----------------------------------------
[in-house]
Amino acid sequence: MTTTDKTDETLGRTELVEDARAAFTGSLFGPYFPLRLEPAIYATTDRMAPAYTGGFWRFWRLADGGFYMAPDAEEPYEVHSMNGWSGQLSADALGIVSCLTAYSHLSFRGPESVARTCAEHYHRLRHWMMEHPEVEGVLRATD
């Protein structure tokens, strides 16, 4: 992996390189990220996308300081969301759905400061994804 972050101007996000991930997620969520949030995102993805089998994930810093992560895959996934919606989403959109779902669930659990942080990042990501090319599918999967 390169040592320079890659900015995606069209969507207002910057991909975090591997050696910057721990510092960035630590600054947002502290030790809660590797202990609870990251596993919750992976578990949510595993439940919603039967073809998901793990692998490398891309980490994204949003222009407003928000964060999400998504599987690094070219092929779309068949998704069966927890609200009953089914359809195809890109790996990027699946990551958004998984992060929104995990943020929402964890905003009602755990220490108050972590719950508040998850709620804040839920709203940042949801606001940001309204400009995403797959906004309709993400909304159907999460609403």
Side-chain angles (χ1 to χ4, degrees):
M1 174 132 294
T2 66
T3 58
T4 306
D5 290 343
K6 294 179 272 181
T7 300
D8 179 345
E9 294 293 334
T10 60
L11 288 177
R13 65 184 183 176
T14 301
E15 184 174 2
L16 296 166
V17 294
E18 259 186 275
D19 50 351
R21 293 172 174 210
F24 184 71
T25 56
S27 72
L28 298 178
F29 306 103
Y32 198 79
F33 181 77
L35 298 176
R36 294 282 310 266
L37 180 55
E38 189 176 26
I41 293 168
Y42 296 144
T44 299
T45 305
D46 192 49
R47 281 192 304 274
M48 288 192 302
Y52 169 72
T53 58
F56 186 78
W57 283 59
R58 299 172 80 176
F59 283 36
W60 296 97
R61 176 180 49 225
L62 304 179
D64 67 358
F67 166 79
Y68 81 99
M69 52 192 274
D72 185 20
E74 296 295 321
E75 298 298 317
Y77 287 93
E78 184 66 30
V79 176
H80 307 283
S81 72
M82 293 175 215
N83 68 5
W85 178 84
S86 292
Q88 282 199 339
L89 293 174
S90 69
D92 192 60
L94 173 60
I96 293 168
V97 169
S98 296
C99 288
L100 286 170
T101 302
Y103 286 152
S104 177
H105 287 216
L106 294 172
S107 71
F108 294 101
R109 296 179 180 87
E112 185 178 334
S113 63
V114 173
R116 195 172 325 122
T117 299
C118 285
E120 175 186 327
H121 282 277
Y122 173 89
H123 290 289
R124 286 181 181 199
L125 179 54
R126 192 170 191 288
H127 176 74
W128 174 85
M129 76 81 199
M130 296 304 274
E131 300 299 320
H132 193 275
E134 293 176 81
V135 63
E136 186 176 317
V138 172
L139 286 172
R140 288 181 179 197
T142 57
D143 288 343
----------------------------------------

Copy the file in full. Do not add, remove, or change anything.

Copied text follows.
[in-house]
Amino acid sequence: MTTTDKTDETLGRTELVEDARAAFTGSLFGPYFPLRLEPAIYATTDRMAPAYTGGFWRFWRLADGGFYMAPDAEEPYEVHSMNGWSGQLSADALGIVSCLTAYSHLSFRGPESVARTCAEHYHRLRHWMMEHPEVEGVLRATD
């Protein structure tokens, strides 16, 4: 992996390189990220996308300081969301759905400061994804 972050101007996000991930997620969520949030995102993805089998994930810093992560895959996934919606989403959109779902669930659990942080990042990501090319599918999967 390169040592320079890659900015995606069209969507207002910057991909975090591997050696910057721990510092960035630590600054947002502290030790809660590797202990609870990251596993919750992976578990949510595993439940919603039967073809998901793990692998490398891309980490994204949003222009407003928000964060999400998504599987690094070219092929779309068949998704069966927890609200009953089914359809195809890109790996990027699946990551958004998984992060929104995990943020929402964890905003009602755990220490108050972590719950508040998850709620804040839920709203940042949801606001940001309204400009995403797959906004309709993400909304159907999460609403």
Side-chain angles (χ1 to χ4, degrees):
M1 174 132 294
T2 66
T3 58
T4 306
D5 290 343
K6 294 179 272 181
T7 300
D8 179 345
E9 294 293 334
T10 60
L11 288 177
R13 65 184 183 176
T14 301
E15 184 174 2
L16 296 166
V17 294
E18 259 186 275
D19 50 351
R21 293 172 174 210
F24 184 71
T25 56
S27 72
L28 298 178
F29 306 103
Y32 198 79
F33 181 77
L35 298 176
R36 294 282 310 266
L37 180 55
E38 189 176 26
I41 293 168
Y42 296 144
T44 299
T45 305
D46 192 49
R47 281 192 304 274
M48 288 192 302
Y52 169 72
T53 58
F56 186 78
W57 283 59
R58 299 172 80 176
F59 283 36
W60 296 97
R61 176 180 49 225
L62 304 179
D64 67 358
F67 166 79
Y68 81 99
M69 52 192 274
D72 185 20
E74 296 295 321
E75 298 298 317
Y77 287 93
E78 184 66 30
V79 176
H80 307 283
S81 72
M82 293 175 215
N83 68 5
W85 178 84
S86 292
Q88 282 199 339
L89 293 174
S90 69
D92 192 60
L94 173 60
I96 293 168
V97 169
S98 296
C99 288
L100 286 170
T101 302
Y103 286 152
S104 177
H105 287 216
L106 294 172
S107 71
F108 294 101
R109 296 179 180 87
E112 185 178 334
S113 63
V114 173
R116 195 172 325 122
T117 299
C118 285
E120 175 186 327
H121 282 277
Y122 173 89
H123 290 289
R124 286 181 181 199
L125 179 54
R126 192 170 191 288
H127 176 74
W128 174 85
M129 76 81 199
M130 296 304 274
E131 300 299 320
H132 193 275
E134 293 176 81
V135 63
E136 186 176 317
V138 172
L139 286 172
R140 288 181 179 197
T142 57
D143 288 343